Local media reported that BNP Paribas, Deutsche Bank and JP Morgan have been selected to manage the bond sales.
World Bulletin/News Desk
Ethiopia is planning to build two more hydro-electric dams over the southern Omo River on border with Kenya for generating electricity, an Ethiopian spokesman said Saturday.
"Gilgel Gibe IV and V hydro-electric dams will be part of Ethiopia's next big projects during the next five-year national plan," Bizuneh Tolcha, spokesman for the Water Ministry, told Anadolu Agency.
He said the two dams will have the capacity to generate 2,050 megawatts of electricity.
"Some 1450 megawatts of the total electric power will be produced by Gilgel Gibe IV while Gilgel Gibe V will generate the remaining," he said.
Tolcha said that the cost of the two dams will be announced "when the assessment is completed".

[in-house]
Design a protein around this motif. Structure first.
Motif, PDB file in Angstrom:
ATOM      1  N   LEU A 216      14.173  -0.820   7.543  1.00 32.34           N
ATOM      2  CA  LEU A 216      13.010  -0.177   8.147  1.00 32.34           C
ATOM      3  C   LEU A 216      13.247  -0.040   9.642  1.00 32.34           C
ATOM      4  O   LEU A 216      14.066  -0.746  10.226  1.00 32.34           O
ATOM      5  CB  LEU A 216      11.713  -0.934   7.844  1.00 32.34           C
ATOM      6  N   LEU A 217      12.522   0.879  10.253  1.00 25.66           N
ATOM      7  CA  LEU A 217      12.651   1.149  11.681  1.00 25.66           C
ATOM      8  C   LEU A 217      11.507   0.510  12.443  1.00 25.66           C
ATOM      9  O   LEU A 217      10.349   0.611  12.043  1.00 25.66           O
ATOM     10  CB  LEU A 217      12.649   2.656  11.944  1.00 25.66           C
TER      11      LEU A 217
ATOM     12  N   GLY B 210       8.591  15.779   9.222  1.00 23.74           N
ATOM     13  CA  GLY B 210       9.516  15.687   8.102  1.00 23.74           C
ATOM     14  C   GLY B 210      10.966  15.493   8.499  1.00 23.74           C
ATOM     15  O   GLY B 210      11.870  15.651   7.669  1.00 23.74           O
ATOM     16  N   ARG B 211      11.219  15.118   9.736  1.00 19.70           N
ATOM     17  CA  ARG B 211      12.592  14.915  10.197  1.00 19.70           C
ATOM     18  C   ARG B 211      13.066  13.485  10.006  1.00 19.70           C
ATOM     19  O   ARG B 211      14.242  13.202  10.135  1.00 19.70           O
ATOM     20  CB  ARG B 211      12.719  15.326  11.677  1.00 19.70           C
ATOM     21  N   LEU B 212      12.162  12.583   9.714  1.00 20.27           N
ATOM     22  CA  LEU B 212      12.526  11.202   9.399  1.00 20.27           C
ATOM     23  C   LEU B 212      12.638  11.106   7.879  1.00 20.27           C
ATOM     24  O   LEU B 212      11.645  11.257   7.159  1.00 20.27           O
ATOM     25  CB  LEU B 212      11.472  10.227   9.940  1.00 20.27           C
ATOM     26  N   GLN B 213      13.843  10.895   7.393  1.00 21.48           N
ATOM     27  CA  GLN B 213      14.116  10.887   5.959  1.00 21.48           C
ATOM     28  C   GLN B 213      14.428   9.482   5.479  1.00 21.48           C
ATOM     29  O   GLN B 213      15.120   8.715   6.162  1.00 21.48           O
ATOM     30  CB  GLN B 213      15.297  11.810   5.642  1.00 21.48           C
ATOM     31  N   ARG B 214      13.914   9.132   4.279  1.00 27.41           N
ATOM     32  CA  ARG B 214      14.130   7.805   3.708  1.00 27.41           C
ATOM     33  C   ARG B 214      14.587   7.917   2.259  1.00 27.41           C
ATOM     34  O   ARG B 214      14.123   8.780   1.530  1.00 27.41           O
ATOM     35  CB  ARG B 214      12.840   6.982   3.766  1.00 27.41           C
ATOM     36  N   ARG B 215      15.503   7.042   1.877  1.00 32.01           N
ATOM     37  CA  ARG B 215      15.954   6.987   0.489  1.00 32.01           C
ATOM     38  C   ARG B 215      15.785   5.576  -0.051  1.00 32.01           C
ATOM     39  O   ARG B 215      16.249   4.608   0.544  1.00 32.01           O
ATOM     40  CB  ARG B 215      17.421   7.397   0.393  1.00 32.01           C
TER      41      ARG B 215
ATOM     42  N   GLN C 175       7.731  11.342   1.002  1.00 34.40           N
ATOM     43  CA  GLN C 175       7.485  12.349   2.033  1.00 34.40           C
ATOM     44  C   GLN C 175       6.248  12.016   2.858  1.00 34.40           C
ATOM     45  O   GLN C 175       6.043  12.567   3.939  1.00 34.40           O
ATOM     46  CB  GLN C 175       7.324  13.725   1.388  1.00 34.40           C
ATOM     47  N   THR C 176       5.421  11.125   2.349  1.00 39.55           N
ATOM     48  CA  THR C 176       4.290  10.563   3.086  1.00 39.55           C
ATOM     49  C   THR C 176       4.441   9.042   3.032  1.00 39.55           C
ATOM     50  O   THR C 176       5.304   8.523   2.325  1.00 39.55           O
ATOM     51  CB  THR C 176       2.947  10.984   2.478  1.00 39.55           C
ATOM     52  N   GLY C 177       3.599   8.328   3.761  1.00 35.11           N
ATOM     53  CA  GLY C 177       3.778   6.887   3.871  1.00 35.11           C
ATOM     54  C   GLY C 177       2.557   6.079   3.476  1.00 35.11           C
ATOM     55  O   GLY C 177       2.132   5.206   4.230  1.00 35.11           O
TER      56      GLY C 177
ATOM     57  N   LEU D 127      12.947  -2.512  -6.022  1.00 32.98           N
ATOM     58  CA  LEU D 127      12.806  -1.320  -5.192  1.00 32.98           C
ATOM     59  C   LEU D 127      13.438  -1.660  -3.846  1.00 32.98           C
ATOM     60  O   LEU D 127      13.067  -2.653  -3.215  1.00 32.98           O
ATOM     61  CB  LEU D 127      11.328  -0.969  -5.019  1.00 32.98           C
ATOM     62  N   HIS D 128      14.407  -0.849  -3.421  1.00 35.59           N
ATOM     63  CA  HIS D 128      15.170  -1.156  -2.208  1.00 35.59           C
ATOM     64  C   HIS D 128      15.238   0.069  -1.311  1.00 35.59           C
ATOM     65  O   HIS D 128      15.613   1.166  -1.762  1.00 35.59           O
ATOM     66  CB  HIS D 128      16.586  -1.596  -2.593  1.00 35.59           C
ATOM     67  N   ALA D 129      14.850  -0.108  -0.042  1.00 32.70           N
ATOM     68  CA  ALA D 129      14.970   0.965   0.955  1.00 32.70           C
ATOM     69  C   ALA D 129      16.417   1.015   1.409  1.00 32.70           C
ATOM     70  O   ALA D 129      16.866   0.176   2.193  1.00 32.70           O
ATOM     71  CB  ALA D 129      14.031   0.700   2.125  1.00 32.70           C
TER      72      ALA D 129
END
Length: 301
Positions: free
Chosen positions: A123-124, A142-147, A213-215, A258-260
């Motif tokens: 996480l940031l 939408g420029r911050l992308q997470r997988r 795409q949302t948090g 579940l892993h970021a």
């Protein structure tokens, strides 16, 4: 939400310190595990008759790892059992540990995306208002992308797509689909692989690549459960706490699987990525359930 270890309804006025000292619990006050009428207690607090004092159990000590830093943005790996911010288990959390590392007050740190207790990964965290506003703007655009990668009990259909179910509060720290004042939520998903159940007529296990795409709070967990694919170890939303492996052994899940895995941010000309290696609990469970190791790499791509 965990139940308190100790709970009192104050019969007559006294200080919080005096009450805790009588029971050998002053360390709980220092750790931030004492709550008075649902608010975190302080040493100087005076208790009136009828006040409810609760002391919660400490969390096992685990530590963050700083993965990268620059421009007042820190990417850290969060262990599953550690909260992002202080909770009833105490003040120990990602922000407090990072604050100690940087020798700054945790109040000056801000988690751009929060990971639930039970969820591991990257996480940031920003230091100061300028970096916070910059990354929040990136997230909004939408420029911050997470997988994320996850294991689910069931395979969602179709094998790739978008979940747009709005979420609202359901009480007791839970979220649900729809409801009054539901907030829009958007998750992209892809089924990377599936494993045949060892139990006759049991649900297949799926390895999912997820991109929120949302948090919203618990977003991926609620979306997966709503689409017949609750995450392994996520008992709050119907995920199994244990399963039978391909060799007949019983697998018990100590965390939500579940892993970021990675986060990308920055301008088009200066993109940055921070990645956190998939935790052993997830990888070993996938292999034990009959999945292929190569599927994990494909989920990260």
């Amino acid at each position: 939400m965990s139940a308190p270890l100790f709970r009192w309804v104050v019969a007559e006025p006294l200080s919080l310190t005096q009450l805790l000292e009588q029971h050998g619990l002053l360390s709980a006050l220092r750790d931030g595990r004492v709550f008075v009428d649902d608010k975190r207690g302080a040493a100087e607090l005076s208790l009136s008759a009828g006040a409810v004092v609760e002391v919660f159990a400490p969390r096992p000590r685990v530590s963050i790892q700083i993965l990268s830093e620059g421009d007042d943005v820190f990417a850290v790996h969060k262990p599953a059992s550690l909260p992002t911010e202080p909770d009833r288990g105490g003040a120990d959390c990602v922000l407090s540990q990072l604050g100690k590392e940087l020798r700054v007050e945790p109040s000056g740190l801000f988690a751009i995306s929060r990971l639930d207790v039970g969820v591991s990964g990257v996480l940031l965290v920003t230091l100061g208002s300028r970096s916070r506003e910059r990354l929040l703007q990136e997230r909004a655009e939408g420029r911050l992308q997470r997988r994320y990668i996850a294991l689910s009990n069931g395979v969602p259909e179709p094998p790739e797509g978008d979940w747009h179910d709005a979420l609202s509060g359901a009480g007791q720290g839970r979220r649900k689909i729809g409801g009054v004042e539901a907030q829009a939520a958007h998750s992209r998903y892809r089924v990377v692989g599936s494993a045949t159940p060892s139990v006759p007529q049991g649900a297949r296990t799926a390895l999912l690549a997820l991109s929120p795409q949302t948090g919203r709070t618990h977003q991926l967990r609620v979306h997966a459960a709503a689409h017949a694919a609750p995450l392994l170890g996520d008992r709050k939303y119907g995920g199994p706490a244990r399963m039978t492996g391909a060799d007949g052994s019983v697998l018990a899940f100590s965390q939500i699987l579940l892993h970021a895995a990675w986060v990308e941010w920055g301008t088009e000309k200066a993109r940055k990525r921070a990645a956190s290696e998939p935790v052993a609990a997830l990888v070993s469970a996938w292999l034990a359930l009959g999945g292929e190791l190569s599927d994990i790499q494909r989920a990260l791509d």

Ethiopia has begun to sell bonds in the capital market as to generate funds for its mega-projects.
Local media reported Friday that BNP Paribas, Deutsche Bank and JP Morgan have been selected to manage the bond sales.
Ethiopia built the Gilgel Gibe I on the Omo River in 2004. The dam has an electric output of 184 megawatts.
Gilgel Gibe II was inaugurated in 2010 and 80 percent of the construction has been finalized.
Kenyan activists have been lobbying against the construction of Gilgel Gibe dams on the ground that it will significantly impact the lives of communities around Lake Turkana – a claim denied by Ethiopian government.
Ethiopia has the potential to produce more than 45,000 megawatts of electricity from hydro-power.
“There are other hydro-electric projects being considered," Tolcha said.
Ethiopia is planning to build a number of dams for electricity generation, including a controversial hydroelectric dam on the Nile's upper reaches, which has strained relations with Egypt.
Ethiopia says it needs the dam to generate badly-needed energy. Egypt, for its part, fears the dam will reduce its traditional share of the Nile River – its main source of water.
Addis Ababa insists the new dam will benefit downstream states Egypt and Sudan, both of which will be invited to purchase the electricity thus generated.
Ethiopian authorities also commenced the construction of the Geba dam in September of this year in western Ethiopia at a cost of $583 million.